DeKalb voters went to the polls in November 2015 to vote on a referendum that included a new method for appointing members to a seven (7) member Board of Ethics. The Ethics Act, passed by 92% of the voters, was based on extensive research by a citizen group and the 2014 Operations Task Force appointed by then Interim CEO Lee May.
Immediately following the passage of the bill, lawyers for then Commissioner Sharon Barnes Sutton filed a lawsuit contending that the law was unconstitutional because unelected officials were making appointments to the Board of Ethics. The Georgia Supreme Court in August 2018 upheld the lower court ruling against the DeKalb Board of Ethics appointment process.
Senate Bill 7 (SB7) was introduced in January 2019 to fix the appointment process by identifying elected officials who may appoint members to the Board of Ethics. Since the bill includes an appointment by the CEO/BOC, a referendum is required.
What should have been a simple fix, however, has become more complex and SB7 changes more than just the appointment process. The revised law guts the Board of Ethics, destroying the board’s effectiveness, public credibility and independence.
These major changes gut the Board’s credibility and threaten its independence:
The independence of the Board of Ethics is challenged by a new provision that requires the Board’s policies and procedures be approved by the CEO and confirmed by the BOC, creating a potential conflict of interest.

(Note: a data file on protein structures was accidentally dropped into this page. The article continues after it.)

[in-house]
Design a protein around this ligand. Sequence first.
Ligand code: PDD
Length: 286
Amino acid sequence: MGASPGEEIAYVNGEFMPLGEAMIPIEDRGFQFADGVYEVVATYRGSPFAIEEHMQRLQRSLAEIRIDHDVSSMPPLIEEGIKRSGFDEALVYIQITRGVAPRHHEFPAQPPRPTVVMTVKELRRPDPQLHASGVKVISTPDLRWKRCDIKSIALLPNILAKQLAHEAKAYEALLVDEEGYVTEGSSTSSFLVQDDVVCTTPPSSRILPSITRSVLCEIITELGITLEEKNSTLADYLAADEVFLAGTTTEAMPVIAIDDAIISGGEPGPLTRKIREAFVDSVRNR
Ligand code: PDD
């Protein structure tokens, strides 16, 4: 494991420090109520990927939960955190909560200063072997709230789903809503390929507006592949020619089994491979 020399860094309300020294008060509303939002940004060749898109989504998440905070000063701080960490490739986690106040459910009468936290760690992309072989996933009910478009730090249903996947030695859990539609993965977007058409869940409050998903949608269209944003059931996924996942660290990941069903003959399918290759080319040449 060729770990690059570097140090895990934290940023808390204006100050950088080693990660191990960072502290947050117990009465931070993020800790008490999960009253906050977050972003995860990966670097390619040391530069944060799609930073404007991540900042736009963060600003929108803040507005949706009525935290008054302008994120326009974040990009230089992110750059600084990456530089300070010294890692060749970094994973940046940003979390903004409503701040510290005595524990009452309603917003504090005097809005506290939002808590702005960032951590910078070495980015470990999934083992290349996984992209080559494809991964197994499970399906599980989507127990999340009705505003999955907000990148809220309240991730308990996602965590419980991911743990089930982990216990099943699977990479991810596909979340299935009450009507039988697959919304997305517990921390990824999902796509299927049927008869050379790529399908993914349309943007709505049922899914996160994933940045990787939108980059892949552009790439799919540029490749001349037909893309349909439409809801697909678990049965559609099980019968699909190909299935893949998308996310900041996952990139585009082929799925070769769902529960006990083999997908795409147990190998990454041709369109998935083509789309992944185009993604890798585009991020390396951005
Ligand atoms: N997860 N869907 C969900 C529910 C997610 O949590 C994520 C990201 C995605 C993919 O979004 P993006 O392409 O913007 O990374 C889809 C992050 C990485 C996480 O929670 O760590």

Neither the Board of Zoning Appeals nor the Planning Board must submit their rules and procedures to the Governing Authority for approval. This provision violates the independence of the Board of Ethics, and creates an opportunity for mischief by allowing the CEO/BOC to establish policies and procedures governing the Board of Ethics.
The revised law replaces the Ethics Officer with an Ethics Administrator, thus implicitly stating ethics is less important than voters had previously determined.
Currently the ethics officer must have a law degree and five (5) years experience. An ethics administrator may have only a bachelor’s degree and no ethics experience. The administrator cannot bring forth an investigation nor report criminal activity to law enforcement. And, there is no penalty for lying to the administrator. As outlined above, the non-lawyer ethics administrator will not be qualified to train county employees, nor provide advisory opinions when county staff or officials call with an ethics question.
The revisions will require employees to first go through the Human Resources Department and the merit system before filing an ethics complaint against a supervisor.
Employees and most citizens believe that bureaucracies have a tendency to protect senior management. Requiring employees to first go through HR, which is not perceived as independent, will chill potential employee complaints. Further, the ethics administrator is required to report all employee complaints to the HR director. Again, this provision will discourage employees from bringing forth ethics complaints.
Many of the duties of the Ethics Officer would be assigned to the volunteer members of the Board of Ethics or to outside attorneys.
The Board of Ethics members, who are not required to have legal training, are all volunteers with limited time to devote to determining if a complaint merits consideration by the Board, a duty now handled by the ethics officer. Hiring outside attorneys to function as ethics officers on individual complaints will delay action on these complaints and prove to be inefficient and expensive for the County.